Cleaning supplies shake down

I don’t often get good ideas, but when I do, they’re usually from somebody else.

One fun part of getting comments is that they sometimes link to other blogs, and many of you are also writing about zero waste and/or minimalism. That makes me so happy. Like, there’s a whole tribe of us out there doing this stuff! That’s gotta have some kind of impact.

Anyway, last week I clicked on a comment from Jennifer, who writes at Sorting Buttons (hi, Jennifer!). She had written a post about cleaning out the ol’ cleaning supplies a la KonMarie (still haven’t read that book, by the way. I’m sort of wondering why I’m resisting at this point) by putting everything in one place and then sorting them out from there.

Uh, that’s genius.

Because sometimes you forget what you have and buy something you don’t need … or think you have something and then end up not. Sometimes you get stuff and you don’t use it. Sometimes you have huge bottles taking up space with like a tablespoon left inside. It’s good to assess the situation.

Whaaaaaaaat is all this stuff?

What is all this stuff?

On Wednesday, I hunted down each and every cleaning supply we have in this house: Under the kitchen sink, in the laundry room, in each bathroom.

And then placed it all on the kitchen counter.

So: A box of dishwashing detergent (Eric bought it as a test when our dishwasher stopped working), a box of plastic garbage sacks, bleach, OxiClean, floor cleaner, Windex. Some reused plastic spray bottles, okay, that’s not so bad. Ugh, stain remover, and that’s pretty full. Bulk castile soap, bulk dishwashing liquid, that’s pretty awesome.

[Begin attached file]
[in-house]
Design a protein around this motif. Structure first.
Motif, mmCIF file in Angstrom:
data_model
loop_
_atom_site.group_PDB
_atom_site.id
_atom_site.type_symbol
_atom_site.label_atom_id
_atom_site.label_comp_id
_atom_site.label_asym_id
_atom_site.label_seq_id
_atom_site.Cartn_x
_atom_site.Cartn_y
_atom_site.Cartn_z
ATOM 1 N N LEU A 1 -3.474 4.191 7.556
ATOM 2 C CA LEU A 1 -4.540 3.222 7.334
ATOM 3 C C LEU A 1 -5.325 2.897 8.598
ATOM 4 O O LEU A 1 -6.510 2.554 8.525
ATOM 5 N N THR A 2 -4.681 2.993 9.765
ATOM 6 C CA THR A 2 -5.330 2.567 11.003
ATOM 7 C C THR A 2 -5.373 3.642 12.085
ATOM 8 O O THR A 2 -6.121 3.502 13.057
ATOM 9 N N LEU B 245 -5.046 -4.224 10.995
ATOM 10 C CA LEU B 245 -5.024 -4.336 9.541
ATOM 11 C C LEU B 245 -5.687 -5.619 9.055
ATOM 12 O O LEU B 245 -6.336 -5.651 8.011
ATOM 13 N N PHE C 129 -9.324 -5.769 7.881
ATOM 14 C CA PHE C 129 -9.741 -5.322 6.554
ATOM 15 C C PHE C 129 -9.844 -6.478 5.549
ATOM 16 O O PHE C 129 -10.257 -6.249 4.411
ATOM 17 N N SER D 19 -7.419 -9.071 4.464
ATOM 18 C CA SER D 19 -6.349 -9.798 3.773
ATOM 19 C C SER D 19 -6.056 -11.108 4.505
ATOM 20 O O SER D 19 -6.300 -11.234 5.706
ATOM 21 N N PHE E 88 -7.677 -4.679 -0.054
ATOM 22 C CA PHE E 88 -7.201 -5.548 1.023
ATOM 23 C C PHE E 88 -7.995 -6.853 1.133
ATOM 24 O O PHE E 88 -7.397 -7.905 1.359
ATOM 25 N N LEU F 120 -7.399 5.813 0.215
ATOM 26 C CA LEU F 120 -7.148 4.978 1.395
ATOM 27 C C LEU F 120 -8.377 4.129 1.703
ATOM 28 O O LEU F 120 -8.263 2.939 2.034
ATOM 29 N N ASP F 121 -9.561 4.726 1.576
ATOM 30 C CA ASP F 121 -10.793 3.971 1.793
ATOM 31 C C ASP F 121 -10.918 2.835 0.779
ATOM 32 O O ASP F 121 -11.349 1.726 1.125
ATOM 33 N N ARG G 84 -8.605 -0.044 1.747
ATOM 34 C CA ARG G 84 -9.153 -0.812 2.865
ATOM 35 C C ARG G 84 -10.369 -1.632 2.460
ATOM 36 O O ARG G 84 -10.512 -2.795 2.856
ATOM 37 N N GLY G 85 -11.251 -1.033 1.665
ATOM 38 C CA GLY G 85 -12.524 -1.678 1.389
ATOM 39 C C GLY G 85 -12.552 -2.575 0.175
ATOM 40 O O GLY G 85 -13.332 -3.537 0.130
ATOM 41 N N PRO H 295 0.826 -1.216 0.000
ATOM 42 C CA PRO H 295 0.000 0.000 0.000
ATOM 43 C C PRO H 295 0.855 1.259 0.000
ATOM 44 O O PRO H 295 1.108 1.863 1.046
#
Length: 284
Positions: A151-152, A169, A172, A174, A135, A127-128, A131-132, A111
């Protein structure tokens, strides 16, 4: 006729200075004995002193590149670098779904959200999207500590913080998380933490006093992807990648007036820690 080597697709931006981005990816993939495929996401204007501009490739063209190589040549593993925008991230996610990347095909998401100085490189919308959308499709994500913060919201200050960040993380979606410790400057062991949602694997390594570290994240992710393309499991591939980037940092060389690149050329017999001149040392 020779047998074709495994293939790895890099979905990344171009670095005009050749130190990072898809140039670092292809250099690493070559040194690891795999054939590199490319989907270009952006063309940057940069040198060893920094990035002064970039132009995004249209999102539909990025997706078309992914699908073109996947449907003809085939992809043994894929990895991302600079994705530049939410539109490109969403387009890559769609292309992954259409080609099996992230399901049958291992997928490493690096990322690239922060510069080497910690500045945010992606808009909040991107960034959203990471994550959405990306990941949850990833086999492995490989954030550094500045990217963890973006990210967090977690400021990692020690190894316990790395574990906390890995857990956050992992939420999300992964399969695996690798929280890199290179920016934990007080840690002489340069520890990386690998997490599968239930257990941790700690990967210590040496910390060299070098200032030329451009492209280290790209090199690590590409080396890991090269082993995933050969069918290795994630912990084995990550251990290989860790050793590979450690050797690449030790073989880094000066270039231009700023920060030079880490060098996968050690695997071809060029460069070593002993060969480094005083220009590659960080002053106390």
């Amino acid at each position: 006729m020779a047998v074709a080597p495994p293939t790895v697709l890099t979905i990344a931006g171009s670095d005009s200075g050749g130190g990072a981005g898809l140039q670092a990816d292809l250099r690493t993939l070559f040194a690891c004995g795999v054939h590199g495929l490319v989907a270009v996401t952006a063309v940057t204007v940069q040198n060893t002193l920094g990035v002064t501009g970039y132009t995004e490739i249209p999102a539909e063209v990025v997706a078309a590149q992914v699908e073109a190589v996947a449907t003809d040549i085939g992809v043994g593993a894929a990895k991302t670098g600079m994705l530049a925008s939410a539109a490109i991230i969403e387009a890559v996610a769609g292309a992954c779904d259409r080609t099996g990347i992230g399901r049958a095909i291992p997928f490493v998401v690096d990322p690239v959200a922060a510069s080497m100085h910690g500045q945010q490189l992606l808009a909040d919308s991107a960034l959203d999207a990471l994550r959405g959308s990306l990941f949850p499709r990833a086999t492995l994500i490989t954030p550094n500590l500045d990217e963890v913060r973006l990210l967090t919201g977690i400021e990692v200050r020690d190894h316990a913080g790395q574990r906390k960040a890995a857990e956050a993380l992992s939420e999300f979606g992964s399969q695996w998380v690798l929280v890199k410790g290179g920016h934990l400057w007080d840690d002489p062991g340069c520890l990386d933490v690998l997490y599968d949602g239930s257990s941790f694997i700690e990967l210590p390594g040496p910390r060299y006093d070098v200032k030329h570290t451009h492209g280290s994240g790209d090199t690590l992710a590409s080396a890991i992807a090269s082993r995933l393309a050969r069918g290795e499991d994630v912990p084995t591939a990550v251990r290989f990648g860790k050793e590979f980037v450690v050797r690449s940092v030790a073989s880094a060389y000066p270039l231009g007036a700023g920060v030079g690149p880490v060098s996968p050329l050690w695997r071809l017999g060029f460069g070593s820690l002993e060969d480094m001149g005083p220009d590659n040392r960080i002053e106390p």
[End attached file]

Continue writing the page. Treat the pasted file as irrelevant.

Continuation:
But way more supplies than I thought I had, to be honest. That kind of depressed me. And … kind of energized me. Here it all was in black and white: this is information I can use.

So I took a deep breath and dived in. Some of this was easy: I still have bulk laundry liquid and homemade laundry soap, both in glass, that went back as is. I also have a glass jar — it used to hold maple syrup in its old life — filled with white vinegar that I add when I’m washing towels. (I’ve read that vinegar can rot the hoses and seals, so user beware.)

I had less than a cup of bleach left, so I decanted that into a glass jar and recycled the jug. I did the same for the OxiClean — same situation, less than a cup, that purchase is on Eric, by the way, but I guess we’ve been working on it for a couple of years now (does that make it better?). I was tempted to decant the floor cleaner, too, but I decided to just leave it in the plastic jug. And just shrugged my shoulders at the stain remover and decided it wasn’t worth the fight.

I found some stainless steel scrubbies — I forgot I even had those — and put one in the laundry room in case anyone decides they want to scrub out a tub with it. (Warning: My Aunt Ann does not approve. She has a home store, so she would know. I haven’t had any issues with it, though.) (Hi, Ann!) Ditto with an old Magic Eraser (torn into three parts because you know it’s just going to disintegrate).


A little more crowded than I’d like, but some of this just needs to get used up and then I can go on with my life.